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EAA session invitation

17 February 2017

We are inviting you to participate in our session at the 23rd Annual Meeting of the European Association of Archaeologists which will be held in Maastricht (the Netherlands) between August 30 and September 3 this year.

Session: #405 Cattle-based Agriculture in Central Europe - introduction, spread and impact

Theme: Interpreting the archaeological record

This interdisciplinary session will examine the introduction and spread of cattle-based agriculture by the Neolithic farmers of Central Europe and its implications for modelling the Neolithisation of Northern and Central Europe beginning in the 6th millennium BC. This revolutionary shift in human subsistence strategy reshaped prehistoric European culture, biology and economy, in ways that underlie modern life worldwide. The session aims to bring together biomolecular, isotopic and morphological studies of faunal, human and other archaeological remains to investigate herding practices. The impact of the introduction of dairying, detectable from organic residues in ceramics and the faunal skeletal-based proxies, into the Neolithic diet on the health and biology of Neolithic humans will also be examined. The session will provide comprehensive assessments of the ways the first farmers of Central Europe managed and exploited their domesticated animals. Papers from the session will highlight the changing roles of domesticated animals in the diets, economies and evolutionary genetics of Neolithic communities in Central Europe. We welcome papers on all aspects of the spread of cattle-based agriculture in Central Europe, asking the contributors to emphasise the role(s) and impacts of domesticated animal-based economies on the lives of Neolithic farmers. Organisers: Mélanie Roffet-Salque (University of Bristol, UK) Jessica Smyth (University College Dublin, Ireland) Richard P. Evershed (University of Bristol, UK).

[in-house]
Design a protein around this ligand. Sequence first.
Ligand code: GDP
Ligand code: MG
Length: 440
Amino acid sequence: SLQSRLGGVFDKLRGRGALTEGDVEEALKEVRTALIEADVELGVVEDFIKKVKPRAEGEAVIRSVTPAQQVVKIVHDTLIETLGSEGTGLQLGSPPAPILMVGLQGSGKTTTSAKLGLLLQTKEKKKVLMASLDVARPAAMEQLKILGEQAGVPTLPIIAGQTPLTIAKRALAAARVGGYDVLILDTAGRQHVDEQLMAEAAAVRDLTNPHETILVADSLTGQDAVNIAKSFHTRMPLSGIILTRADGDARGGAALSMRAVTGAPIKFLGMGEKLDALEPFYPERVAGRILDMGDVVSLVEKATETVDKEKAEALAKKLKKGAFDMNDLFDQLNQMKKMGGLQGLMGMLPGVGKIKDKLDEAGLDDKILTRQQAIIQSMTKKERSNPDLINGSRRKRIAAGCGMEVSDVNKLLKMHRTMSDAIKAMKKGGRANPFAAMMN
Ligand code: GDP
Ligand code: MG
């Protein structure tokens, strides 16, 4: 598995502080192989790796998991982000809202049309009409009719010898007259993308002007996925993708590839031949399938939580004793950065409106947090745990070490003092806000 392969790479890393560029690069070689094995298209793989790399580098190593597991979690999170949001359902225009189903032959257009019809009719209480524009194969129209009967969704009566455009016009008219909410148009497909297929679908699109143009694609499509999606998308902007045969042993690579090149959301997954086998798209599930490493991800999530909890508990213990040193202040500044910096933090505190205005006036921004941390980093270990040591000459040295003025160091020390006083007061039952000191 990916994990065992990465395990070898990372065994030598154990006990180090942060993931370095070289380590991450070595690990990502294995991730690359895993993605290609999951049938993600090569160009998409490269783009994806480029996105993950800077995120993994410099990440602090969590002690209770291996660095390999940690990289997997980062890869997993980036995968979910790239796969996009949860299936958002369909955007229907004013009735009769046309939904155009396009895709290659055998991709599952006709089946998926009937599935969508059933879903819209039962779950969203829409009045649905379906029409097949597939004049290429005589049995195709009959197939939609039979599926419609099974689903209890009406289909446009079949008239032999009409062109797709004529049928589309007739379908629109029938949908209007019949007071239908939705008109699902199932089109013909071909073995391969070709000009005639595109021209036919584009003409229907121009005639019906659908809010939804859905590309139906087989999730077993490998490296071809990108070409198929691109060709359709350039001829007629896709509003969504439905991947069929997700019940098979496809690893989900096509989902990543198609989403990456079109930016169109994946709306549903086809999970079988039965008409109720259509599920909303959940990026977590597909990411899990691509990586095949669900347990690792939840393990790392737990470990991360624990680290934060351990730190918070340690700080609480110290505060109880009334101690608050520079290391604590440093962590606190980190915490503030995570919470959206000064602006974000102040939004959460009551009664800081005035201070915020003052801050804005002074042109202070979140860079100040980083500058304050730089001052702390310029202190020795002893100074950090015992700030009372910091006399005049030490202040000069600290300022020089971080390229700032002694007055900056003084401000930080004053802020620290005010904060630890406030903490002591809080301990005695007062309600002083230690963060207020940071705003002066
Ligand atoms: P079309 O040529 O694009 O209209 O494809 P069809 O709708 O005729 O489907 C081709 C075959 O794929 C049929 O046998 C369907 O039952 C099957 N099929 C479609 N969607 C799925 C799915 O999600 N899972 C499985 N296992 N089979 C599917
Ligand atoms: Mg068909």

We invite you to submit an abstract before March 15 on http://www.eaa2017maastricht.nl. If you have any query about the session, please do not hesitate to contact Mélanie (melanie.salque@bristol.ac.uk) or Jessica (jessica.smyth@ucd.ie).